Employment, Social Inclusion, Population and Migration
European countries face challenges in delivering sustainable and inclusive economic growth. RAND Europe's research helps by examining how workforce and skills develop to match demand for labour; how employment policies secure labour market participation; how social policies protect the most vulnerable and enable their contribution to society; and how population dynamics and migration interact shaping societies we live in.
We use our interdisciplinary and international research, analysis, and advice in all phases of the public policy cycle, from informing policy options through to impact evaluation.
A study for the Royal Society, the UK's national academy of science, determined that professional motivations are the main drivers of researcher mobility and that most researchers feel there is an expectation that they be internationally mobile.
Public Health England commissioned an analysis of the take-up and impact of the Workplace Wellbeing Charter; the end product includes a set of case studies to help strengthen and expand the evidence base that underpins the Charter.
Now in its fifth year, Vitality's annual Britain's Healthiest Workplace contest continues to receive research support from RAND Europe and the University of Cambridge. RAND Europe’s role includes designing and running surveys, analysing results, and providing customised reports to participating organisations. The project’s central aims are to raise awareness and gain a better understanding of how organisations can engage with the wellness of their employees.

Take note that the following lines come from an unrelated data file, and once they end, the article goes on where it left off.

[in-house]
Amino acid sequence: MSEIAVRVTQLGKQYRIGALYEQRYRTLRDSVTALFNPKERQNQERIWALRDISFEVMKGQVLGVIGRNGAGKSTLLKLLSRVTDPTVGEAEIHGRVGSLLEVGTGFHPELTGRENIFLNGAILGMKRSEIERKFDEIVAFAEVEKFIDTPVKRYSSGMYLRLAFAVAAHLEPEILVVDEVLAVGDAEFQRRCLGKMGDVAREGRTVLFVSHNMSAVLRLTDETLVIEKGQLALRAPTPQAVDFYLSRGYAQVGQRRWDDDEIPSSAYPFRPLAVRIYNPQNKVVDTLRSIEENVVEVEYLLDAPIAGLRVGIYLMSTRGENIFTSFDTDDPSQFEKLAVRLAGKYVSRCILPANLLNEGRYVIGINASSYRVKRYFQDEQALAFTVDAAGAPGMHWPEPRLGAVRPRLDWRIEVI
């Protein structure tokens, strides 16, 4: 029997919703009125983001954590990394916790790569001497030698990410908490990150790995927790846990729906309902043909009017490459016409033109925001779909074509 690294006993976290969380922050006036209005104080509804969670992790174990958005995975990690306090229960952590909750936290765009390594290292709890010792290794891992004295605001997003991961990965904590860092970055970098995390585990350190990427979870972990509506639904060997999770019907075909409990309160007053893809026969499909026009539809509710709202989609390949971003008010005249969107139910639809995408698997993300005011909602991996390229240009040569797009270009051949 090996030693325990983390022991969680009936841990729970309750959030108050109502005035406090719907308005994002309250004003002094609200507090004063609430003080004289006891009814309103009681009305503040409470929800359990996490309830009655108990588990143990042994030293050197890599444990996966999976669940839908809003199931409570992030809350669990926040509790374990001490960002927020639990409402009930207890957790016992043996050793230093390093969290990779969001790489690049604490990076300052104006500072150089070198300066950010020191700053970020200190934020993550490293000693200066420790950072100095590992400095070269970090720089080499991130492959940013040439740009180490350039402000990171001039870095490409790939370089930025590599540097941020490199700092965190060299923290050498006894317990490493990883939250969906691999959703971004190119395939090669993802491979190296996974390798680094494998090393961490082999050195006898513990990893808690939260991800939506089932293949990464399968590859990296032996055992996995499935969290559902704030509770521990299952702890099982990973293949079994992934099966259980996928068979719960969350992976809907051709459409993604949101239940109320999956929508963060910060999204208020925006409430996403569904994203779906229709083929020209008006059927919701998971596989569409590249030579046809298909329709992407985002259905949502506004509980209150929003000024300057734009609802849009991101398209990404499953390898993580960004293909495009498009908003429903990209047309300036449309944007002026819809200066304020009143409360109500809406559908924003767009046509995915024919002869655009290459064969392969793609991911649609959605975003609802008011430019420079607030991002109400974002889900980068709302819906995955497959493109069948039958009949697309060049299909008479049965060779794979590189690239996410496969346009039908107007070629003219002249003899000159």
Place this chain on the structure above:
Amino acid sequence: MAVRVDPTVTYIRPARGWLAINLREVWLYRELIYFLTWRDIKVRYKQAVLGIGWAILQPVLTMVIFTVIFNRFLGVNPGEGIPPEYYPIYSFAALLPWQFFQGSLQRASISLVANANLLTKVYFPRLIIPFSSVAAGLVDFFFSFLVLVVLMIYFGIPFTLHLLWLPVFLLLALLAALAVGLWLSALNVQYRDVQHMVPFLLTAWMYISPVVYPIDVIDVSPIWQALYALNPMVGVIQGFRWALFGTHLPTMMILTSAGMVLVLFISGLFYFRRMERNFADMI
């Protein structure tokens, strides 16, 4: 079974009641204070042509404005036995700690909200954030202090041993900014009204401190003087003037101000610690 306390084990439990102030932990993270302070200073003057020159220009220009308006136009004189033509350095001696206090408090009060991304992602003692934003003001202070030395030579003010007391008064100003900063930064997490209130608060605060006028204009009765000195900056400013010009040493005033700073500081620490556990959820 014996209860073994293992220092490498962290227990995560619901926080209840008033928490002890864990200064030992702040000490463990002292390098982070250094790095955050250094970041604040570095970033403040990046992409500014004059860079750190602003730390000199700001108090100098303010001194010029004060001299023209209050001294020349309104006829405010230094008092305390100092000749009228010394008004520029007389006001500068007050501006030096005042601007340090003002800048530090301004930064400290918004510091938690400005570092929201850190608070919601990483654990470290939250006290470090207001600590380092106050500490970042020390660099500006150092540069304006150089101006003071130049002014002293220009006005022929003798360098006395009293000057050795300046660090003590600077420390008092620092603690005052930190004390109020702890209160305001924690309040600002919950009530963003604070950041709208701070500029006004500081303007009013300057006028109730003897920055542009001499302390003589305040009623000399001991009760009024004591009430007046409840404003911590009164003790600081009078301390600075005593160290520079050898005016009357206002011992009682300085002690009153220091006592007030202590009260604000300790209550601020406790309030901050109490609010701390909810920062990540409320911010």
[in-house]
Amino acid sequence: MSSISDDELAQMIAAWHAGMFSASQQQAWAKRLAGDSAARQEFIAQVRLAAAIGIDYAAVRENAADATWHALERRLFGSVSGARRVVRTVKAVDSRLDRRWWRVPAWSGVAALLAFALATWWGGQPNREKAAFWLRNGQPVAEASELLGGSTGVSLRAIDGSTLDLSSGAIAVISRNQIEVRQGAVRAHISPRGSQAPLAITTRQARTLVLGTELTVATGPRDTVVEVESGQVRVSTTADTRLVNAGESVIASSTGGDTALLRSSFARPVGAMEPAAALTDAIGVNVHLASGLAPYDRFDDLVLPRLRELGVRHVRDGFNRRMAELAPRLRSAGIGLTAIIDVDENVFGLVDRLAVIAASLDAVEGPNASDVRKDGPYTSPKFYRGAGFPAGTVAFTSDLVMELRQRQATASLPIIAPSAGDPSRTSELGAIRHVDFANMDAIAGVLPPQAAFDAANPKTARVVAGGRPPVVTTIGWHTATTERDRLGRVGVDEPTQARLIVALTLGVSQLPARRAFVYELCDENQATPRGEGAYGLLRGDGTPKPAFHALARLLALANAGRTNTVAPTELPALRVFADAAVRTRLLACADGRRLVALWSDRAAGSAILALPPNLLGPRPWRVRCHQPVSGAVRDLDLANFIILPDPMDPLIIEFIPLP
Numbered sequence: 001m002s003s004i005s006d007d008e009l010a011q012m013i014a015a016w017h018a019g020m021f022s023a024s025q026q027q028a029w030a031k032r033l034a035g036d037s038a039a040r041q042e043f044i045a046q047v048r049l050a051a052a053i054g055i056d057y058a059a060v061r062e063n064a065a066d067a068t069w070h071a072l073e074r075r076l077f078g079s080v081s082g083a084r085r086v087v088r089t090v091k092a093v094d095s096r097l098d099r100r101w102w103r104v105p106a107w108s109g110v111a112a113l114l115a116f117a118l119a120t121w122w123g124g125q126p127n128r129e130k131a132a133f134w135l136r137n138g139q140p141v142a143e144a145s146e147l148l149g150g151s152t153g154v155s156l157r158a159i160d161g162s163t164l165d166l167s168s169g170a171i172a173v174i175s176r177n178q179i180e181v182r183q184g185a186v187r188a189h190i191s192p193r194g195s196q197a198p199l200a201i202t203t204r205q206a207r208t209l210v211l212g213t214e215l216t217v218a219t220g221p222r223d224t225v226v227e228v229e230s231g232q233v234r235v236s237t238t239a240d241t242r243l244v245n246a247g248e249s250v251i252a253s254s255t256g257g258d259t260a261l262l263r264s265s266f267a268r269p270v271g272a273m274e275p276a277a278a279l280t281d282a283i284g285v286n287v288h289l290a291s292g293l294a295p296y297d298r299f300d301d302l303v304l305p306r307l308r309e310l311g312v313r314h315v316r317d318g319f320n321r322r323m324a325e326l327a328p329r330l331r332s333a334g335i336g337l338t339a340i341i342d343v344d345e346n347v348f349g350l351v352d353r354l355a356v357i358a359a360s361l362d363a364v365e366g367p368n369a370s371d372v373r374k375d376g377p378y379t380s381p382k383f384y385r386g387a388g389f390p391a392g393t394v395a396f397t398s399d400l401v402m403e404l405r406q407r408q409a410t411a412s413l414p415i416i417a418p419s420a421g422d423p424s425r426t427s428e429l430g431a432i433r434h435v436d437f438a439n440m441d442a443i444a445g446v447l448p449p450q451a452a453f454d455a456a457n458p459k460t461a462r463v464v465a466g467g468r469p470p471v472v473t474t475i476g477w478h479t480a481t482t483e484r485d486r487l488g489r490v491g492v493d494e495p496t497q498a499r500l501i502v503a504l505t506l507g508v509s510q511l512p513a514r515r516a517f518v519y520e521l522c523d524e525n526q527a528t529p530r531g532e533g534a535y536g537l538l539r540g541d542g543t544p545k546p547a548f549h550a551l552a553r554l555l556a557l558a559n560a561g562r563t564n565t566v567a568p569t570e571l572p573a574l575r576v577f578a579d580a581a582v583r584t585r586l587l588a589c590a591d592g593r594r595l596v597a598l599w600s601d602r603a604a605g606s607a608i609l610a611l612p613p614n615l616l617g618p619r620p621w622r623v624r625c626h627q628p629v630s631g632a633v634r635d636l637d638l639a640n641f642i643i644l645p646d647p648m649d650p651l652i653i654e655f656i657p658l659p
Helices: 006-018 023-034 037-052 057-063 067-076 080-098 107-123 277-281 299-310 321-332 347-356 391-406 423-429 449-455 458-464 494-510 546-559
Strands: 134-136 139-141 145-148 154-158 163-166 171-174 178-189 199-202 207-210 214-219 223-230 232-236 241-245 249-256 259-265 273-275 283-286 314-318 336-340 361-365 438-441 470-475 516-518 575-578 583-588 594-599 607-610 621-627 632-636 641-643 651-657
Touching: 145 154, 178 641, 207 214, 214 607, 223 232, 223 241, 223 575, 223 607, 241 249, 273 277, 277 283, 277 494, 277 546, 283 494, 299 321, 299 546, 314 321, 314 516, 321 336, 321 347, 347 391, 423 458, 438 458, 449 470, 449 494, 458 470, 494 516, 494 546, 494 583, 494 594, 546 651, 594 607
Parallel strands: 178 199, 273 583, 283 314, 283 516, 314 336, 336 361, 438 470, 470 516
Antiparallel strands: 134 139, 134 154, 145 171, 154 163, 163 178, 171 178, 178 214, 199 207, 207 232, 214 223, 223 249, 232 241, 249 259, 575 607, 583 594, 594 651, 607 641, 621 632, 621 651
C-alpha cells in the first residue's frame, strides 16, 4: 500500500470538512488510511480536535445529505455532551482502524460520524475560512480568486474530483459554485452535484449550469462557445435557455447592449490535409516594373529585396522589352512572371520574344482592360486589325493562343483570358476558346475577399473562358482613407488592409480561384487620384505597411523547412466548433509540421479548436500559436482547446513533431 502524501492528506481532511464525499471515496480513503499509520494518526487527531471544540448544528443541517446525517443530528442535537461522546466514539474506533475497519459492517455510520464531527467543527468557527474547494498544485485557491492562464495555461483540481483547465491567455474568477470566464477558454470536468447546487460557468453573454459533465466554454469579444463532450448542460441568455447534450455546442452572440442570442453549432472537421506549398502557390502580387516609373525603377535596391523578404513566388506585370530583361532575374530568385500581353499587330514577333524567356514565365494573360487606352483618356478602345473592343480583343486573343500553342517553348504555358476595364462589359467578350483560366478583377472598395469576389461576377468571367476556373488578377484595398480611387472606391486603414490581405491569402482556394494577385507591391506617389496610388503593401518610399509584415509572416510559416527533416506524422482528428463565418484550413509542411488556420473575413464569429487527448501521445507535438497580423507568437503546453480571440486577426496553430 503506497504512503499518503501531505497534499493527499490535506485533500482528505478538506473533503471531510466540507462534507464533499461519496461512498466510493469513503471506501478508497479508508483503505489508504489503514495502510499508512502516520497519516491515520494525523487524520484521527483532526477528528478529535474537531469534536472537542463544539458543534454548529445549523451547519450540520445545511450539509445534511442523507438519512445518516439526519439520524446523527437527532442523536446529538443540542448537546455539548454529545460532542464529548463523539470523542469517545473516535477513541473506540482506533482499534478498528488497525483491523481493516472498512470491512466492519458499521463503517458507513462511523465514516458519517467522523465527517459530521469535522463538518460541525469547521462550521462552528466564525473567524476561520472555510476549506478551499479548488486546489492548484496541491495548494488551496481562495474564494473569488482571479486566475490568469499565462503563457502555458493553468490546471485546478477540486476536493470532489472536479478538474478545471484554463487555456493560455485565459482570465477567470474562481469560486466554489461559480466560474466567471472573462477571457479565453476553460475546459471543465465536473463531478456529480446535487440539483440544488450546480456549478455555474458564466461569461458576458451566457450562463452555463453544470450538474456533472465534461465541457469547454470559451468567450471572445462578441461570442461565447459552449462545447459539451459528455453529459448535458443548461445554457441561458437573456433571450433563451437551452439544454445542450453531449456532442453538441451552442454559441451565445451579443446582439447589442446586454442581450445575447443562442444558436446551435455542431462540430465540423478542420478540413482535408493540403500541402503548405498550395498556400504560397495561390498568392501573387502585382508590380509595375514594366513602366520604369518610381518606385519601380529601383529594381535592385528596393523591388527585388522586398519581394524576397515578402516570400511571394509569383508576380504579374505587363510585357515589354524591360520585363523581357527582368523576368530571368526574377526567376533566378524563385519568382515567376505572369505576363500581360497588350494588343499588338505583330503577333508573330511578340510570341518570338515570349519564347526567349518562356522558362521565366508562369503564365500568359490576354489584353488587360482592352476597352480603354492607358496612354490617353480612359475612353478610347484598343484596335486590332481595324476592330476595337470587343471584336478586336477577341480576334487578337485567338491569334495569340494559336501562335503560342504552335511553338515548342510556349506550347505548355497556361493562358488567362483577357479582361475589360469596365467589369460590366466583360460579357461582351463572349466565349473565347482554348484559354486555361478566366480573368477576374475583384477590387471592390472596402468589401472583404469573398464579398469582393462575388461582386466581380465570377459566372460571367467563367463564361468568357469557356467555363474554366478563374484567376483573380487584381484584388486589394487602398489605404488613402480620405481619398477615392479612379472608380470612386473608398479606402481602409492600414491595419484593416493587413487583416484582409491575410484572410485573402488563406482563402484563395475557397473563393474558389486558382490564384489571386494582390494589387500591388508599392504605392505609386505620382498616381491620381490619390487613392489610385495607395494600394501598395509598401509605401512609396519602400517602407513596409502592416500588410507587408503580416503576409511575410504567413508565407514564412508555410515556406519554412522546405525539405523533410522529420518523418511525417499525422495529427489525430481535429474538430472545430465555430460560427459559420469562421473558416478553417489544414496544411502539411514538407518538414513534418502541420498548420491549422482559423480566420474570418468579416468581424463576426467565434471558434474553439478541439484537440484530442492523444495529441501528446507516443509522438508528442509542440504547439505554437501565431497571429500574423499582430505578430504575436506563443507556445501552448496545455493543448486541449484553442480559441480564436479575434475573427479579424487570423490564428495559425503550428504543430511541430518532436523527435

The Mediterranean Foresight Forum (MFF) was a RAND-funded effort to monitor current affairs, analyse future scenarios and simulate policy options to support the implementation of comprehensive responses to complex challenges in the Mediterranean region.
Increases in the UK national minimum wage since 1999 had no negative employment effects on the overall UK labour market. However, there were some employment effects associated with part-time employees, and young employees during the recession.
Researchers are examining how CBSIs are functioning across a number of rapidly ageing countries. Documenting the policies, programmes and health system factors underpinning their success will help to ensure greater sustainability and integration of services.
Conditional cash transfer programmes (CCTs) are seen as particularly effective in low- and middle-income countries, but relatively little is known about the interface between the supply of services and programme administration and specific human development outcomes. RAND Europe assessed the effectiveness of CCTs through a two-year grant from UK Economic Social Research Council and Department for International Development.
To improve the quality of debate on the long-term funding of health and social care in the four countries of the UK, the Health Foundation has commissioned RAND Europe to carry out research on the public acceptability of different funding models.